Communicating climate change - Learning from business: Challenging values, changing economic thinking, innovating the low carbon economy

Katharina Kaesehage*, Michael Leyshon, Chris Caseldine

*Corresponding author for this work

Research output: Contribution to journalArticlepeer-review

Abstract

The risks and opportunities presented by climate change for Small and Medium Sized Enterprises (SMEs) have been largely overlooked by previous research. The subsequent lack of knowledge in this field makes it difficult for SMEs to engage with climate change in a meaningful, profitable, and sustainable way. Further, current research cannot explain why SMEs rarely engage with climate change. We examine critically 30 SMEs, which engage with climate change knowledges and 5 Innovation-Support-Organizations (ISOs) that communicate climate change knowledges. Over a three-year period we explore why and how these businesses approach the knowledge gap between climate change science and business practice, drawing on a variety of ethnographic research methods: (1) in-depth semi-structured and open interviews; (2) participant observations; and (3) practitioners' workshops. The results demonstrate that business' mitigation and adaptation strategies are lay-knowledge-dependent, derived from personal values, space, and place identity. To enhance the number of SMEs engaging with climate change, maximize the potential value of climate change for the economy and establish a low carbon economy, climate change communication needs to target personal values of business leaders. The message should highlight local impacts of climate change, the benefits of engagement to (the local) society and economy, and possible financial benefits for the business. Climate change communication therefore needs to go beyond thinking about potential financial benefits and scientific evidence and challenge values, cultures, and beliefs to stimulate economic, political, and social frameworks that promote values-based decision-making.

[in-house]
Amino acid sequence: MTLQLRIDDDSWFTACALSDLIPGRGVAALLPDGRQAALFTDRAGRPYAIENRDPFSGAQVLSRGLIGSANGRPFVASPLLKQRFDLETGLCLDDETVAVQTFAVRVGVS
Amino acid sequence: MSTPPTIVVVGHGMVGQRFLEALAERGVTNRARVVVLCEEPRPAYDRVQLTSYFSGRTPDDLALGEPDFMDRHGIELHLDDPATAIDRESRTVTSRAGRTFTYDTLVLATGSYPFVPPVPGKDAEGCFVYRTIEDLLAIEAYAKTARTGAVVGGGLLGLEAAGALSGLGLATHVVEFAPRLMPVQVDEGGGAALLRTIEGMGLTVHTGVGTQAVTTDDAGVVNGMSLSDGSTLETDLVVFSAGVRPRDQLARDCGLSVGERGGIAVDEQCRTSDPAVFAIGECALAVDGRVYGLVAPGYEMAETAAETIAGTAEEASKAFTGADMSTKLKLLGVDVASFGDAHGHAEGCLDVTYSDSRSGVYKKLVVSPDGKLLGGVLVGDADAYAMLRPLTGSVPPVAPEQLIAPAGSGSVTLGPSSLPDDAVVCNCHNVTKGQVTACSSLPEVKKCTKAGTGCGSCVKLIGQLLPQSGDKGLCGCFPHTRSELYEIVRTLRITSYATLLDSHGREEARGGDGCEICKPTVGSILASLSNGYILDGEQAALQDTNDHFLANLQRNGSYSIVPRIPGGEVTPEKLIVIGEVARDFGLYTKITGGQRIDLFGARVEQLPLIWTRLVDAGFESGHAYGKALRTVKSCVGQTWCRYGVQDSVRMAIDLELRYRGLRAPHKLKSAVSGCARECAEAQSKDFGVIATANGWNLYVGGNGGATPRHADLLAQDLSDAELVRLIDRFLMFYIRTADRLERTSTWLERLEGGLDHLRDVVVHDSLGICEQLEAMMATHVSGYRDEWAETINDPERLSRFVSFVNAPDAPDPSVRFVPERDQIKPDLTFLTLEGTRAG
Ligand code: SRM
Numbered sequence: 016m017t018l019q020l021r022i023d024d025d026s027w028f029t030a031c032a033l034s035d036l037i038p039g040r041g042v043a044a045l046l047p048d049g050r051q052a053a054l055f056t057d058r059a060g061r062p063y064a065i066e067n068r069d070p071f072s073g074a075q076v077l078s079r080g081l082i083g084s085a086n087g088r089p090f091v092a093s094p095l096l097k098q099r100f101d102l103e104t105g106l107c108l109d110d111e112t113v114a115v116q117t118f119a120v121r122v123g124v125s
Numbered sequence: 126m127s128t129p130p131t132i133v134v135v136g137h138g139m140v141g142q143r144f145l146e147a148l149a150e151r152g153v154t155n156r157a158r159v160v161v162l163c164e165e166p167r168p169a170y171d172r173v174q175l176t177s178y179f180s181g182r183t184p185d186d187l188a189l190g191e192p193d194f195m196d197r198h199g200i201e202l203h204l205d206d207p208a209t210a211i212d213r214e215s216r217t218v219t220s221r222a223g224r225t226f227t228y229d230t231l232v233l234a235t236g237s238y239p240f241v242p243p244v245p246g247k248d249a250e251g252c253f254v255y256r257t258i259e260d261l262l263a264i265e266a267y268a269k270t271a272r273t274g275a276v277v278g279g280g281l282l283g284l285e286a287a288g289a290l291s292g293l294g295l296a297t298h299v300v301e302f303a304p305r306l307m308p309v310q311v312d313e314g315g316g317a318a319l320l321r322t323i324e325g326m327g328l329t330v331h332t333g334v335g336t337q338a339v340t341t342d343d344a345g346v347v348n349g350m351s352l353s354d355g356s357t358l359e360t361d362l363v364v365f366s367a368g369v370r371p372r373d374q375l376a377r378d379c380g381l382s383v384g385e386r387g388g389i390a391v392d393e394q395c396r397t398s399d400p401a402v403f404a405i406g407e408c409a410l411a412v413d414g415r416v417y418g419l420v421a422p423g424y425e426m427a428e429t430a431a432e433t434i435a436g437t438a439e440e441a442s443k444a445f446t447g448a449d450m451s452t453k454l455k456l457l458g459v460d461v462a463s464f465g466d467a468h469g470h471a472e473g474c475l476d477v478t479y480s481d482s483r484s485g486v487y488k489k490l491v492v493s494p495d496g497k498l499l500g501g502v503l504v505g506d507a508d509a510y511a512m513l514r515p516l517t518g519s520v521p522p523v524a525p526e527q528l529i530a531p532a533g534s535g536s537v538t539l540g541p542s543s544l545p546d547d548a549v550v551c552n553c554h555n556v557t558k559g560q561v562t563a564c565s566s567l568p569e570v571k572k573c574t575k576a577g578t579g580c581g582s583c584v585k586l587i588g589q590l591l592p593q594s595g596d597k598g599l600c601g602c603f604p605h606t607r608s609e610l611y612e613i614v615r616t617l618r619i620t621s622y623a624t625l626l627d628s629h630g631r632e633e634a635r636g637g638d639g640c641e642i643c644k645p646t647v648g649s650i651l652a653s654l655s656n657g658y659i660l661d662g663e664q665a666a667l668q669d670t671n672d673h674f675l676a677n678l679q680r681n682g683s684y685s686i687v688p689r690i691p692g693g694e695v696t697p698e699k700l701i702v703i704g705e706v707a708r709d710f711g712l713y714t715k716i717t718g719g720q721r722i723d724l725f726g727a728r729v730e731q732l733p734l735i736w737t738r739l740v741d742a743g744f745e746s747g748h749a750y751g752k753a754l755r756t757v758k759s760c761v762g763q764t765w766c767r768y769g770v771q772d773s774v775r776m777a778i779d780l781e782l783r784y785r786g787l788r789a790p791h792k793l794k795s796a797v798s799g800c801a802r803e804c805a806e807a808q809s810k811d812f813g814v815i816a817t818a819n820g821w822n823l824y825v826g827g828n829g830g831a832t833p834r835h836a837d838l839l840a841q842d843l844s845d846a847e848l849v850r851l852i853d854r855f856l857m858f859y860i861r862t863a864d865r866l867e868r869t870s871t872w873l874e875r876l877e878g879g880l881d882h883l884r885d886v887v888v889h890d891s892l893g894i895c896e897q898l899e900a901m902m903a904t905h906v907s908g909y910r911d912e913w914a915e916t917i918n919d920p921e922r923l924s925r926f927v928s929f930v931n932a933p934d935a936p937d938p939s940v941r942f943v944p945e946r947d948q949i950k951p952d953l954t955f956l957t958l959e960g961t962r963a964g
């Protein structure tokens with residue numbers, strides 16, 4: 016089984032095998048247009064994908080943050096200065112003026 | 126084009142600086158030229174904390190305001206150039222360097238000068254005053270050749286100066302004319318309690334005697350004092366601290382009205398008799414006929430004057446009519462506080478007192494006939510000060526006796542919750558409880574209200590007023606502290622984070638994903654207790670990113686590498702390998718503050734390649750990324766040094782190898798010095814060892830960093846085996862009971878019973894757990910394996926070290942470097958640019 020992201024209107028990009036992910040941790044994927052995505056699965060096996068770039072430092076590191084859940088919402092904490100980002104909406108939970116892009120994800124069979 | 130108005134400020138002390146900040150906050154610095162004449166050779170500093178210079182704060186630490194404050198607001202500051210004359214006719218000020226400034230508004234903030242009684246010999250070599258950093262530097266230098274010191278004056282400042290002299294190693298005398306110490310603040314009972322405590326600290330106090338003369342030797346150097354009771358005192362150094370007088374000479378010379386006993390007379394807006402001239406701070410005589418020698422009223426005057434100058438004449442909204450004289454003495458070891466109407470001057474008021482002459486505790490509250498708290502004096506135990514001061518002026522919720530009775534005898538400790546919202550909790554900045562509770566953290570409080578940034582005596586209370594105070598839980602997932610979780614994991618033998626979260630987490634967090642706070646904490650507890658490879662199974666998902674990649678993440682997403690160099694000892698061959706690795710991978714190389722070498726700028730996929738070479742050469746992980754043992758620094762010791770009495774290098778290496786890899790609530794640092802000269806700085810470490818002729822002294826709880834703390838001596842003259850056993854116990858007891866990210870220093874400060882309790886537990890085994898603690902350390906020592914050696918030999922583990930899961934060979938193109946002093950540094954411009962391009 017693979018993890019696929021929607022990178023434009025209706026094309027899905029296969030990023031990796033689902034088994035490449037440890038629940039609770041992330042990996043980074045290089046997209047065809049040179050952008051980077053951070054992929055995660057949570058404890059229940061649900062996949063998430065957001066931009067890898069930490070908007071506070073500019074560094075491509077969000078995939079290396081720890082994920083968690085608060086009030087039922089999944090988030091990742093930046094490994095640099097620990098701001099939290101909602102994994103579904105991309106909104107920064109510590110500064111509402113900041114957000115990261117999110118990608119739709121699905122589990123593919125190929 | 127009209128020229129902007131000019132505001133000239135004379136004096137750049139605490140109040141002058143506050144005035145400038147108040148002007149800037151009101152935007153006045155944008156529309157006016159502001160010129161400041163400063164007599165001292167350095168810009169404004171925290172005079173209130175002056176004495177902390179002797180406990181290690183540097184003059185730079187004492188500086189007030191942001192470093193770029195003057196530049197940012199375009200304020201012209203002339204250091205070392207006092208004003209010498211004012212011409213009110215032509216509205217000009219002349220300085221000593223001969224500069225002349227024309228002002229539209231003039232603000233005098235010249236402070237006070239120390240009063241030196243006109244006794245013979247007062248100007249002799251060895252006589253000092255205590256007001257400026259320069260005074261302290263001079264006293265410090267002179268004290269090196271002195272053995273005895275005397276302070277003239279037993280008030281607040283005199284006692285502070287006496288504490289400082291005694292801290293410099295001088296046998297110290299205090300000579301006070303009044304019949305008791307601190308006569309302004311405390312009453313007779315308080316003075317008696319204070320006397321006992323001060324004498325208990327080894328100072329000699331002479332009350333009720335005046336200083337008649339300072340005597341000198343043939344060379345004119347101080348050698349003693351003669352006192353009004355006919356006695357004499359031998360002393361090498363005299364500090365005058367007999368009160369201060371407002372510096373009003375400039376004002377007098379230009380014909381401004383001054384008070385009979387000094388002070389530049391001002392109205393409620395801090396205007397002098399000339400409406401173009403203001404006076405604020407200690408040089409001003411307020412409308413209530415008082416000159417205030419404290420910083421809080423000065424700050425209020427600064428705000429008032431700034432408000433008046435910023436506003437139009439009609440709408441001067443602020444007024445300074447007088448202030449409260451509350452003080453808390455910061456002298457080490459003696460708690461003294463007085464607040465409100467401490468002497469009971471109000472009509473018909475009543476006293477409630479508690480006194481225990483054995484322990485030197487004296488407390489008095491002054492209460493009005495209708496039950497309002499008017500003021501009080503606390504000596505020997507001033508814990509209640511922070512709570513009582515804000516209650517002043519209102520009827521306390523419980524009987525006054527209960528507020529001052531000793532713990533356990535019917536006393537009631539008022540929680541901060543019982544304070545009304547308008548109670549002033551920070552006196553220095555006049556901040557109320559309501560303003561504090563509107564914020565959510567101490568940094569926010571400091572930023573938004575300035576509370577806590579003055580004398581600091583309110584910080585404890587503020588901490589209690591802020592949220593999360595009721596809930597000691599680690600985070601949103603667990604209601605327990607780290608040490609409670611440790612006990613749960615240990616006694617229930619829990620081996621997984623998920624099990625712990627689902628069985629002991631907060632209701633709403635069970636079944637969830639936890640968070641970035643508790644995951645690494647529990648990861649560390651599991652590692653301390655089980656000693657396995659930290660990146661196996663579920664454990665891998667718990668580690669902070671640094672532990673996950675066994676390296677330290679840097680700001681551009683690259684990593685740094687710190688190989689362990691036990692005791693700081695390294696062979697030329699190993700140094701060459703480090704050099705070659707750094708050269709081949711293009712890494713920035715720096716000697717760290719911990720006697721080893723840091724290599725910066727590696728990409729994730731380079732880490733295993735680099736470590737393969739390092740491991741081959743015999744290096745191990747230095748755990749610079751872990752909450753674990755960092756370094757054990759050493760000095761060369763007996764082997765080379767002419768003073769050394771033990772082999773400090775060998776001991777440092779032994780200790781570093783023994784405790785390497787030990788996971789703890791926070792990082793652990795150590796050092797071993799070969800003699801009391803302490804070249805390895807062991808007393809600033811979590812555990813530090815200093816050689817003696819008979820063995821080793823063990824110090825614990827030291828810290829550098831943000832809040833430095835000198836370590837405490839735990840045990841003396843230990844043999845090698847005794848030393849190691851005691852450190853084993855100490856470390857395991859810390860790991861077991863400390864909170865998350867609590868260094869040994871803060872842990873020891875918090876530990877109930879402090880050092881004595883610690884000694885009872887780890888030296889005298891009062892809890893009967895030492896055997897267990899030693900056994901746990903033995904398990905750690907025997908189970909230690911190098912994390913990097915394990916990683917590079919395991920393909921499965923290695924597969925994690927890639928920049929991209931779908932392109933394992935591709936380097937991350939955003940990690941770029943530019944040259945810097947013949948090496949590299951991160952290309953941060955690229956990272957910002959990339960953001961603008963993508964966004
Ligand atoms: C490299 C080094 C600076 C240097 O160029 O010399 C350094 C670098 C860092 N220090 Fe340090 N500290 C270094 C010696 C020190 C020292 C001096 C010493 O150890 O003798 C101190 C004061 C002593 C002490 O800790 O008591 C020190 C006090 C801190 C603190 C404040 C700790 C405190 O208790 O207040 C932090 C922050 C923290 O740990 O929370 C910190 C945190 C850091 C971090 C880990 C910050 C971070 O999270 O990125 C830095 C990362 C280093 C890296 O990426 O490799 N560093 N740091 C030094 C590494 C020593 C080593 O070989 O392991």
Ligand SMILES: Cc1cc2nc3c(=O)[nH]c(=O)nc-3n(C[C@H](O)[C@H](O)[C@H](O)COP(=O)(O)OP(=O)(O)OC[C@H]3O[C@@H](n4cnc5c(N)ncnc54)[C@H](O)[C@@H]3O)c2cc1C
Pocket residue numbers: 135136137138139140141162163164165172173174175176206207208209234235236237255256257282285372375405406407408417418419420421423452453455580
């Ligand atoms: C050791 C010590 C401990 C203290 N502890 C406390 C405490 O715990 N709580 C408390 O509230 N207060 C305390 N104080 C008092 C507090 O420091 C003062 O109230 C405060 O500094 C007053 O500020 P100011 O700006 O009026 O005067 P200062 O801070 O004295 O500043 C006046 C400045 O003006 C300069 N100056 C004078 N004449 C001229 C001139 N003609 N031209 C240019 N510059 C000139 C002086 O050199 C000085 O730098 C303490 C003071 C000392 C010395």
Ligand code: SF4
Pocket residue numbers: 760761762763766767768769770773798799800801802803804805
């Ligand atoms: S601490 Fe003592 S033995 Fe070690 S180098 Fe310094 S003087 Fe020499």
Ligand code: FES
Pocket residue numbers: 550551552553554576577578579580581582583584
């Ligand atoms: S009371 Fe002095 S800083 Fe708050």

Original languageEnglish
Pages (from-to)81-99
Number of pages19
JournalFennia
Volume192
Issue number2
DOIs
Publication statusPublished - 1 Jan 2014

Keywords

  • Business values
  • Climate change
  • Communication of science
  • Ethnographic research
  • Low carbon economy
  • United Kingdom

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